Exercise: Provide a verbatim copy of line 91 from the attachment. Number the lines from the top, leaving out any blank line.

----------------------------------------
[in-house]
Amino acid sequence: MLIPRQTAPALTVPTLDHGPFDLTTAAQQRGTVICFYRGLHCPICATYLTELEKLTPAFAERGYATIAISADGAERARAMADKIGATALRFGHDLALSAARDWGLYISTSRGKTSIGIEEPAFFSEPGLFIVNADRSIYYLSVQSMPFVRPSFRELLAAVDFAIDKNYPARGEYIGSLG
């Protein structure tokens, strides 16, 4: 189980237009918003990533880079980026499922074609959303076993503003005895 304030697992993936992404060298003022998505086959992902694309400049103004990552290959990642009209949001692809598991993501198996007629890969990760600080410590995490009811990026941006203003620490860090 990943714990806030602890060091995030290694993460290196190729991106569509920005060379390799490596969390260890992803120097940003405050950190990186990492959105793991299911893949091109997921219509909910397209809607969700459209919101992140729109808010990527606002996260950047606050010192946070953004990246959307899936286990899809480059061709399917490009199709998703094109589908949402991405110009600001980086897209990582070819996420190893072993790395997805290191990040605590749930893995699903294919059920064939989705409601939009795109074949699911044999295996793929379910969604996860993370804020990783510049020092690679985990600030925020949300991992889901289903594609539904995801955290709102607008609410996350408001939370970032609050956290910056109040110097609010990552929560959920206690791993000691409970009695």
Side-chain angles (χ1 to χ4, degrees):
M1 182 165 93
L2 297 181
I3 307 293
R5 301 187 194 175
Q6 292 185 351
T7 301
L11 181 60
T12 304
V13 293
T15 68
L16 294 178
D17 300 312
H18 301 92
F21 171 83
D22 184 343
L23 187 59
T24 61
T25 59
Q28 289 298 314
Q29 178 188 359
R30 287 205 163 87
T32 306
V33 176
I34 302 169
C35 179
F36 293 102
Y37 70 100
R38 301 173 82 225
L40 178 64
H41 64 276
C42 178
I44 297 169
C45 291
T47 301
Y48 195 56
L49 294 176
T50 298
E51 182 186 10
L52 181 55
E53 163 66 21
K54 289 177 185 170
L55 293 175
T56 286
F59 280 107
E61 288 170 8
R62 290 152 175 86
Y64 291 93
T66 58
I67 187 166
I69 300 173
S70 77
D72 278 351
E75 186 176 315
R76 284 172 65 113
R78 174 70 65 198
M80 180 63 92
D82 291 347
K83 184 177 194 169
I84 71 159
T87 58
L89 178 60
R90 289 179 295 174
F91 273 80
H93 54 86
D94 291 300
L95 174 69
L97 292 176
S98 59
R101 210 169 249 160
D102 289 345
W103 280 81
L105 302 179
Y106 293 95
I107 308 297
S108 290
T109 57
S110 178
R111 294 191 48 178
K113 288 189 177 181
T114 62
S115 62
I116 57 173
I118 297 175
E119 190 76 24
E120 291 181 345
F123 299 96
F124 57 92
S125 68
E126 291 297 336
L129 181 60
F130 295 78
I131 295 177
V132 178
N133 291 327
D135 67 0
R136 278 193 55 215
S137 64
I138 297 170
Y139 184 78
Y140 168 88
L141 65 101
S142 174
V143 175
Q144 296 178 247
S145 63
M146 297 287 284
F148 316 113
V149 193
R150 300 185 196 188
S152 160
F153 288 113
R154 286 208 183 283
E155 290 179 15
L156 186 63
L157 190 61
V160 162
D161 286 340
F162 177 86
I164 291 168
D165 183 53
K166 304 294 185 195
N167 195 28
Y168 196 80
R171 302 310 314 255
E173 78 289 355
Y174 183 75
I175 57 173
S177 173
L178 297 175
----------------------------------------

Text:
F124 57 92